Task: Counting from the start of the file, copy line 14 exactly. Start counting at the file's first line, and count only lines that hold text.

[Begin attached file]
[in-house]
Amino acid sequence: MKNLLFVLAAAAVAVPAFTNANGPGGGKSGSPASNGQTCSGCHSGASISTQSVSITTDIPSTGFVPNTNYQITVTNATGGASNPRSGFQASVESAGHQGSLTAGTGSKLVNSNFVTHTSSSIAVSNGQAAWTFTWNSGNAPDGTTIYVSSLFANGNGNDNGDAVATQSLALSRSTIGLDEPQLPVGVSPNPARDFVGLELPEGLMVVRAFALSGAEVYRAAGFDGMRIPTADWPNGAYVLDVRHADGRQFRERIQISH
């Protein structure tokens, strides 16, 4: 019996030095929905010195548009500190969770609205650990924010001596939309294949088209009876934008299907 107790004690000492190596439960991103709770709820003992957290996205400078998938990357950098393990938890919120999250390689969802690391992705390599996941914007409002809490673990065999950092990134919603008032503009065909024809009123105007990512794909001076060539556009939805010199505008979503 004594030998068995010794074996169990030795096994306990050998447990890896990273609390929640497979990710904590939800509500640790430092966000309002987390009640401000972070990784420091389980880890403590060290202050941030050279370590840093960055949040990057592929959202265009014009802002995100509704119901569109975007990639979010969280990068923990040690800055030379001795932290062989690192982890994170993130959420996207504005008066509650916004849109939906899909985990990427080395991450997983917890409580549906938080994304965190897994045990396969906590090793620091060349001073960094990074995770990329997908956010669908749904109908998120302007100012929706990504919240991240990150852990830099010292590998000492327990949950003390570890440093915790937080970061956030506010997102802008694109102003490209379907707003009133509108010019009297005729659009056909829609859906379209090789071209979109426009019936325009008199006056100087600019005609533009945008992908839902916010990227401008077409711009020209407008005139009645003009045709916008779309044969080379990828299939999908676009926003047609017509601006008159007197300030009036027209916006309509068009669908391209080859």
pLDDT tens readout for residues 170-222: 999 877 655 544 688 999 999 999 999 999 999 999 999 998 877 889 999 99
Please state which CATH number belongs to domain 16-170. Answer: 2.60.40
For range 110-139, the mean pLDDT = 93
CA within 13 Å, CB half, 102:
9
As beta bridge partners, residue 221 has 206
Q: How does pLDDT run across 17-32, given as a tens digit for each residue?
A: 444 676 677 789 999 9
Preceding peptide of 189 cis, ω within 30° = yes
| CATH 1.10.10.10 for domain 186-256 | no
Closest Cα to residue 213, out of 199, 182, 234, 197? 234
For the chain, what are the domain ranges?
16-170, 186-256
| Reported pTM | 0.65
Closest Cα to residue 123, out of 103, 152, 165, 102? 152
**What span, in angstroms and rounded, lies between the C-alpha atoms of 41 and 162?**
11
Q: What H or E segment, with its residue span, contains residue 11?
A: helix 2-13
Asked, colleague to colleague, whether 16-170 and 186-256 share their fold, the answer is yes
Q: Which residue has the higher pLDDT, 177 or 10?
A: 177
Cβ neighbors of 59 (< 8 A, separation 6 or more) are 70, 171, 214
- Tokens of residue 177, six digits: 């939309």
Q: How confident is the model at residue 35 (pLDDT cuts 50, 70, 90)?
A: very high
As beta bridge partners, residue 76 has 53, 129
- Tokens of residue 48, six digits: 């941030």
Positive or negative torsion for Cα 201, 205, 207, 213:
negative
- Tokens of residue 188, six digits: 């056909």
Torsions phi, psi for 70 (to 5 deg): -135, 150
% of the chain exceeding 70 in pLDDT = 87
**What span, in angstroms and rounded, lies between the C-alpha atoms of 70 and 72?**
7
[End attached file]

Closest Cα to residue 213, out of 199, 182, 234, 197? 234